The state Office of Addiction Services and Supports is defending their decision not to implement certain funding recommendations made by the state Opioid Settlement Fund Advisory Board, including investments in lifesaving overdose prevention centers.

Asked why OASAS Commissioner Chinazo Cunningham didn’t raise concerns about specific recommendations during the board’s last meeting, a spokesman for the office noted that board members were advised during meetings that “state and federal law could impact the decision to accept or reject recommendations.”

Asked why the commissioner rejected the board’s  recommendation that funding for harm reduction flow through the state Department of Health, the OASAS spokesman said it was “inconsistent with the executive’s constitutionally authorized role in determining what agency receives state funding and where such funding may be directed.”

The state attorney general’s office, which championed the board and appointed a member to it, did not respond to an inquiry about the constitutionality of the board’s recomendations.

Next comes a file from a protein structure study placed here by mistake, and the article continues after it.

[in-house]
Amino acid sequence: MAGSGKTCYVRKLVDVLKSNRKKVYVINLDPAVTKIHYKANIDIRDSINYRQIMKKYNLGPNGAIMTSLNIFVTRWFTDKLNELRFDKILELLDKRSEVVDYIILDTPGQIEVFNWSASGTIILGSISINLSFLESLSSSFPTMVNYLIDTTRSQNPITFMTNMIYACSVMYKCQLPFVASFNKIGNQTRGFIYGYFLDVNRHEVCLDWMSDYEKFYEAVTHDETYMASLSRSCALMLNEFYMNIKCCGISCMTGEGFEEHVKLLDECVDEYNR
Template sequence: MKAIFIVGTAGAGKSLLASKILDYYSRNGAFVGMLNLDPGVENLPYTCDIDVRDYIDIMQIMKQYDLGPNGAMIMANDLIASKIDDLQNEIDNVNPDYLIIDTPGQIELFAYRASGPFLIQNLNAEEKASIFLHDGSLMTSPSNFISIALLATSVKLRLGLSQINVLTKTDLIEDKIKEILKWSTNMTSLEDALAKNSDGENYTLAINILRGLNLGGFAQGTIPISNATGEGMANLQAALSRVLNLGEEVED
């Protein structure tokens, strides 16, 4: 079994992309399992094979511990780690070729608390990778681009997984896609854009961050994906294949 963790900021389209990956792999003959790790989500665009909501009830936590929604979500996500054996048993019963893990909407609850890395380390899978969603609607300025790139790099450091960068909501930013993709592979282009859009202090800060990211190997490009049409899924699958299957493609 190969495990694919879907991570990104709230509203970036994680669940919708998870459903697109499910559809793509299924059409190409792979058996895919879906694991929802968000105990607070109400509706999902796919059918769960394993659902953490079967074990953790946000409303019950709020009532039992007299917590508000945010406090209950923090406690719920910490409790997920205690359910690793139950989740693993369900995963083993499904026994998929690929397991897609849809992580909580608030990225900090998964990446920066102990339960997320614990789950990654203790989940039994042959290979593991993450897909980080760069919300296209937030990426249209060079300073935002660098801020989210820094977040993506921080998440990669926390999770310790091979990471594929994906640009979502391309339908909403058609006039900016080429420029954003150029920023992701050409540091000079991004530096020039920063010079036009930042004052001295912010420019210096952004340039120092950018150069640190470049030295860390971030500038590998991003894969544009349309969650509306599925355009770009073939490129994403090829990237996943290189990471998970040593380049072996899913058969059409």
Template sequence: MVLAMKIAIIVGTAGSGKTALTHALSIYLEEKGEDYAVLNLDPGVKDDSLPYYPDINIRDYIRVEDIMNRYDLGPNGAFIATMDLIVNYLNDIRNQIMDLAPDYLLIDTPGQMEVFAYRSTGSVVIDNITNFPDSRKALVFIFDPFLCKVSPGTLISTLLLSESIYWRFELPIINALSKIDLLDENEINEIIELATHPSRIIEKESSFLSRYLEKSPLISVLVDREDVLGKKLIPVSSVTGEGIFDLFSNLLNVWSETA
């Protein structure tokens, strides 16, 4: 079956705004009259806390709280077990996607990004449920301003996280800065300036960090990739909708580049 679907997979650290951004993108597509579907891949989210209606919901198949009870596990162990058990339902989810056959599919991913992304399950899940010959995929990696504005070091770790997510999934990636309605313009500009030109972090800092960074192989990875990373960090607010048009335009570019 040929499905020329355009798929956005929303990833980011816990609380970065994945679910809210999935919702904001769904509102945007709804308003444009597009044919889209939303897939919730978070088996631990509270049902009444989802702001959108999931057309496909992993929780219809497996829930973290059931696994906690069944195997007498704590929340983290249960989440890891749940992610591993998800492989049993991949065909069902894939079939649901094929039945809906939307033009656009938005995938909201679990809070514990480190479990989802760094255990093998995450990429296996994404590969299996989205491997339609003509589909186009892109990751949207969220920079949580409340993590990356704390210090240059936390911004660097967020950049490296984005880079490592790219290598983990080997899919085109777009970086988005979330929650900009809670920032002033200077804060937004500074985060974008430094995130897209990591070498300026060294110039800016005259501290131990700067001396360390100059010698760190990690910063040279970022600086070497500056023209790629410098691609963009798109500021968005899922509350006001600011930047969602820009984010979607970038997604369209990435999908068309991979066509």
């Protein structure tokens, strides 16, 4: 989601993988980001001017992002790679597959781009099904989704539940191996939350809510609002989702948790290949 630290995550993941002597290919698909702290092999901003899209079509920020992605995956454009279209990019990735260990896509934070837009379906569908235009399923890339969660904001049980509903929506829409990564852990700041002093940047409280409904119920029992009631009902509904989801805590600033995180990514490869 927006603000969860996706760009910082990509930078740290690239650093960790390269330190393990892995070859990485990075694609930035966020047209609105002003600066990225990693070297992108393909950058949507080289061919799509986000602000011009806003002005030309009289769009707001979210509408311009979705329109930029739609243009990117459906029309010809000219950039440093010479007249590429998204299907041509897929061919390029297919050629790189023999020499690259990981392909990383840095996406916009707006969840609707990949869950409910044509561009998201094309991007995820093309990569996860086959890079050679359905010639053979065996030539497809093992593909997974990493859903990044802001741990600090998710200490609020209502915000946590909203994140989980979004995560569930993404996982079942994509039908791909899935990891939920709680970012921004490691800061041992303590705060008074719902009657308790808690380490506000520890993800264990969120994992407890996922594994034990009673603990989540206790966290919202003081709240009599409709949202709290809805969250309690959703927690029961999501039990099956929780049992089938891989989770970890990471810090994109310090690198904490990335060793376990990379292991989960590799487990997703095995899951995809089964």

Asked how the board’s recommendations to invest $8 million in a specific organization was deemed appropriate, the spokesman said it was allowable because it was consistent with language in the adopted state budget.

Senate Health Committee Chair Gustavo Rivera, a Bronx Democrat carrying legislation paving the way for the broader utilization of overdose prevention centers, said in a statement that he was “incredibly disappointed” by the Hochul administration’s decision to reject investing in this life-saving approach to harm reduction.

“We wrote and passed the law, establishing the advisory board and their role, to ensure that monies from these settlements will go directly to meaningful substance use disorder prevention, treatment, recovery, and harm reduction services for New Yorkers,” Rivera said.